Sustainable structure for Guangzhou

Jo Livesey
13 Apr 2008

Two innovative towers for City Poly Corporation

China Poly Corporation sought to create an innovative office and trade center development in Pazhou, Guangzhou, an industrial city along the Pearl River. Poly International Plaza is situated in a new commercial district. The Plaza consists of two towers, each coupled with a low-rise podium that accommodates exhibition and retail uses; the below-grade spaces include an exhibition hall and trade center. The offset core towers, which include a thin bar of office space, maximize light transmission to their interiors. On the north, the towers’ forms are defined by floor-to-ceiling glass, shaded by vertical fins, and on the south they expose their structural framework. The towers advocate sustainable design through their use of natural light; natural ventilation; floor-by-floor mechanical systems; under floor air distribution; shaded outdoor space; and green roofs.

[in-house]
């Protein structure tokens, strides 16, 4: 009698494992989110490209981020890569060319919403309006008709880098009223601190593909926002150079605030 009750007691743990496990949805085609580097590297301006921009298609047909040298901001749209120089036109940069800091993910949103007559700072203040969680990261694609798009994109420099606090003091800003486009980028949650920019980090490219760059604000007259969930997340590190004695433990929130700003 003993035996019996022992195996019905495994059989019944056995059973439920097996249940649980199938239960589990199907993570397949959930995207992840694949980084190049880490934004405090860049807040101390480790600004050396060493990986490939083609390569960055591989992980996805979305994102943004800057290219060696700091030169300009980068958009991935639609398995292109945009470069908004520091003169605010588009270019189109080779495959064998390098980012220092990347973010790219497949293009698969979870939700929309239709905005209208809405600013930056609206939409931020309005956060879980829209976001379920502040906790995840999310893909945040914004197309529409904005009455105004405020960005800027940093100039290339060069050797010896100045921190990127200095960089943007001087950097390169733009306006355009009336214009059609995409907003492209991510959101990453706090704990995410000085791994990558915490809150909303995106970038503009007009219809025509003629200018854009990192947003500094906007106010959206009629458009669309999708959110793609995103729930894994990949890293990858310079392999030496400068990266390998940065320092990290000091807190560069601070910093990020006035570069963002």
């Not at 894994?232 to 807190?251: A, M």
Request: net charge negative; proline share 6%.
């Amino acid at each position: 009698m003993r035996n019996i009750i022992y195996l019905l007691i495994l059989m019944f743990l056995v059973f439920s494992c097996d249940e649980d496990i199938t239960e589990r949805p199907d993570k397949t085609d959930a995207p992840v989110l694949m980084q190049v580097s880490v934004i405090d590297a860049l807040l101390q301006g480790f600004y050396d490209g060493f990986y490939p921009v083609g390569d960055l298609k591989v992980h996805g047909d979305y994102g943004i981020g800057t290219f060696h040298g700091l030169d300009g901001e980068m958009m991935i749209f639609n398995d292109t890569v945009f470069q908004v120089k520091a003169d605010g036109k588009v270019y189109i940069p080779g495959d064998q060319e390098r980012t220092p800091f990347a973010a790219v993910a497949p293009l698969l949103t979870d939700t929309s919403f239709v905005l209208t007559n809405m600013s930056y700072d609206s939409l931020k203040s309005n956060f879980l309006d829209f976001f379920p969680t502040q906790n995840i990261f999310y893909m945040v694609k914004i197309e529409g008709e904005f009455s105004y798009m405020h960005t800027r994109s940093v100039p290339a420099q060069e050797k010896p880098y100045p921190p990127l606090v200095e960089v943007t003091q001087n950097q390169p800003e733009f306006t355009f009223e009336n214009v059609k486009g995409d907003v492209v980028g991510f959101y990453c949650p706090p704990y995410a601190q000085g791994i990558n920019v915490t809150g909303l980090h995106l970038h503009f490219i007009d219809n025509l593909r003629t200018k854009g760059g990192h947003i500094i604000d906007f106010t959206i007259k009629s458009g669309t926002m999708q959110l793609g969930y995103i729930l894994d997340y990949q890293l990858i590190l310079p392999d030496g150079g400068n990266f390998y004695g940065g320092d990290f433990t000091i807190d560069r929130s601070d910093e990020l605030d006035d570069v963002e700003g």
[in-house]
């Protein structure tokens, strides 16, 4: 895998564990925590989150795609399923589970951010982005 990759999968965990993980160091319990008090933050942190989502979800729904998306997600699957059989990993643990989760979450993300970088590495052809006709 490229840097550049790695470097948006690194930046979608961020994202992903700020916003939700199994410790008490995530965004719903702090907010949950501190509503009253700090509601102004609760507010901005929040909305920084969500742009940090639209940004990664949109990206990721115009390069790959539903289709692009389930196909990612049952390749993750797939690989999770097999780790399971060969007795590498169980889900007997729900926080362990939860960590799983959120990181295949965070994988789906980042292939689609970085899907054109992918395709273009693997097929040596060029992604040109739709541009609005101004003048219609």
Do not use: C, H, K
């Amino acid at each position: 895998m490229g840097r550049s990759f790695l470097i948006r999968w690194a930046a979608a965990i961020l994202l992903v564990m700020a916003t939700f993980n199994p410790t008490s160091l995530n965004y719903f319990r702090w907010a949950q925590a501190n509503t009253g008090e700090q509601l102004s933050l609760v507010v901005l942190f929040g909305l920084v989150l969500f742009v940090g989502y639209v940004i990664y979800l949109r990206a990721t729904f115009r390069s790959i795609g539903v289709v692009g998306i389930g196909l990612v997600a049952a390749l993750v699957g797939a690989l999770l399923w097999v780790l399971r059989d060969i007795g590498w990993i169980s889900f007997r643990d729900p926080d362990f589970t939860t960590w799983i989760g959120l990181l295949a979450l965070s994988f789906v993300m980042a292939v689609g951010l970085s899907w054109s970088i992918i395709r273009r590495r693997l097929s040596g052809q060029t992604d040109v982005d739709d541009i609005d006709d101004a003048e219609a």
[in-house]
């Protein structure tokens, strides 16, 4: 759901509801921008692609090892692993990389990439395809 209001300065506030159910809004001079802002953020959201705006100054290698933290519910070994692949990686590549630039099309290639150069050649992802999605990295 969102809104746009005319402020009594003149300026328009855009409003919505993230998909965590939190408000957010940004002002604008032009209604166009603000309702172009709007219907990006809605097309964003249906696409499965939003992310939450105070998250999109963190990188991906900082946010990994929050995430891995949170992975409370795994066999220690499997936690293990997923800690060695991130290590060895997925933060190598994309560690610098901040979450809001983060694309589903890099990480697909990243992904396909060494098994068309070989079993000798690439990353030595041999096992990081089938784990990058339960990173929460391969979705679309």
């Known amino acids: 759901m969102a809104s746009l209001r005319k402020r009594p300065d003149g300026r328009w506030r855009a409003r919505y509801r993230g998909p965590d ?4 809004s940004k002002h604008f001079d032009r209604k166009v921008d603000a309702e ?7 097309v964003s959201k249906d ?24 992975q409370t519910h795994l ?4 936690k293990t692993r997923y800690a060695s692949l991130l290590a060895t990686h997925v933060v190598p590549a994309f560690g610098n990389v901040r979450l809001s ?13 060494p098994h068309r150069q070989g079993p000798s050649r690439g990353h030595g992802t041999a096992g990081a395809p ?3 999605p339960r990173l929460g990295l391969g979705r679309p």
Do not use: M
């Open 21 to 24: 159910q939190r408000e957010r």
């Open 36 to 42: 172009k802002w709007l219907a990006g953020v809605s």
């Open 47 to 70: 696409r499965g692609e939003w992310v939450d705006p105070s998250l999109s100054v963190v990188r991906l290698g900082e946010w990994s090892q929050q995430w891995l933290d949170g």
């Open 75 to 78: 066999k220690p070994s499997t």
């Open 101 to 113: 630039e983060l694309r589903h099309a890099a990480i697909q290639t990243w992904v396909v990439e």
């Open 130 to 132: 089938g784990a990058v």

Because the Pearl River delta has always been a dynamic nexus of trade in China, water views have a symbolic value in the project. Thanks to the towers’ innovative structural spine, and double lattice brace, the offset cores are light and transparent, and allow a high degree of openness to northern views; the glass elevators, staircases, restrooms, and terraces, are all light-filled spaces. Guangzhou’s tropical weather called for a combination of density and open green space. An abstracted Chinese garden, planted with local vegetation and organized around water elements, occupies the central space between the two towers. Water is used over the access skylights that funnel light from the garden level to the below-grade exhibition spaces. To mitigate the sun’s heat on the southern façade without blocking views, dirigible plantation teak screens that relate to the local architectural tradition are employed throughout the project. Terraces on the western sides of the towers serve the dual purpose of providing open space and blocking the setting sun. A large, central terrace at the midpoint of each tower acts as an aperture allowing wind to pass through the 35-story structures.

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